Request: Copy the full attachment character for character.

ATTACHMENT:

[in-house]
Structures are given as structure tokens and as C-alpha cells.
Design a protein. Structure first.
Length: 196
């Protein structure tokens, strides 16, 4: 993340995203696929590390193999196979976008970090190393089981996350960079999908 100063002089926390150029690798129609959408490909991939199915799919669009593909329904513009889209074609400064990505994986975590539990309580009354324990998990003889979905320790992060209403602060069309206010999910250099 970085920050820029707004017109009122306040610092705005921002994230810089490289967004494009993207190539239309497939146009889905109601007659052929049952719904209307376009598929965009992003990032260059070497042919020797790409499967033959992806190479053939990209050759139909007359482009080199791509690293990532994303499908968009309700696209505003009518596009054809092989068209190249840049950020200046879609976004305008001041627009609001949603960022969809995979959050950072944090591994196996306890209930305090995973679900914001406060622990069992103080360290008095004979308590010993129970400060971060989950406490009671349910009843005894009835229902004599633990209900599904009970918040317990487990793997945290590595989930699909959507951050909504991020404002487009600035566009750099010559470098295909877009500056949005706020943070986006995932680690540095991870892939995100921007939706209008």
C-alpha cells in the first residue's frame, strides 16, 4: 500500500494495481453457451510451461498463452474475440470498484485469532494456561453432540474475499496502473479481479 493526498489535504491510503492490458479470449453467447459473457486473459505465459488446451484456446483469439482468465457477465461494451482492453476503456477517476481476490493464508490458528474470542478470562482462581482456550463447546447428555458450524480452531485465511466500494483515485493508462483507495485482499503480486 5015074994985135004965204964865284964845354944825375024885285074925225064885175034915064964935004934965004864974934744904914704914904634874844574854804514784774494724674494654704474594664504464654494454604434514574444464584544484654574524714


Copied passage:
[in-house]
Structures are given as structure tokens and as C-alpha cells.
Design a protein. Structure first.
Length: 196
């Protein structure tokens, strides 16, 4: 993340995203696929590390193999196979976008970090190393089981996350960079999908 100063002089926390150029690798129609959408490909991939199915799919669009593909329904513009889209074609400064990505994986975590539990309580009354324990998990003889979905320790992060209403602060069309206010999910250099 970085920050820029707004017109009122306040610092705005921002994230810089490289967004494009993207190539239309497939146009889905109601007659052929049952719904209307376009598929965009992003990032260059070497042919020797790409499967033959992806190479053939990209050759139909007359482009080199791509690293990532994303499908968009309700696209505003009518596009054809092989068209190249840049950020200046879609976004305008001041627009609001949603960022969809995979959050950072944090591994196996306890209930305090995973679900914001406060622990069992103080360290008095004979308590010993129970400060971060989950406490009671349910009843005894009835229902004599633990209900599904009970918040317990487990793997945290590595989930699909959507951050909504991020404002487009600035566009750099010559470098295909877009500056949005706020943070986006995932680690540095991870892939995100921007939706209008």
C-alpha cells in the first residue's frame, strides 16, 4: 500500500494495481453457451510451461498463452474475440470498484485469532494456561453432540474475499496502473479481479 493526498489535504491510503492490458479470449453467447459473457486473459505465459488446451484456446483469439482468465457477465461494451482492453476503456477517476481476490493464508490458528474470542478470562482462581482456550463447546447428555458450524480452531485465511466500494483515485493508462483507495485482499503480486 5015074994985135004965204964865284964845354944825375024885285074925225064885175034915064964935004934965004864974934744904914704914904634874844574854804514784774494724674494654704474594664504464654494454604434514574444464584544484654574524714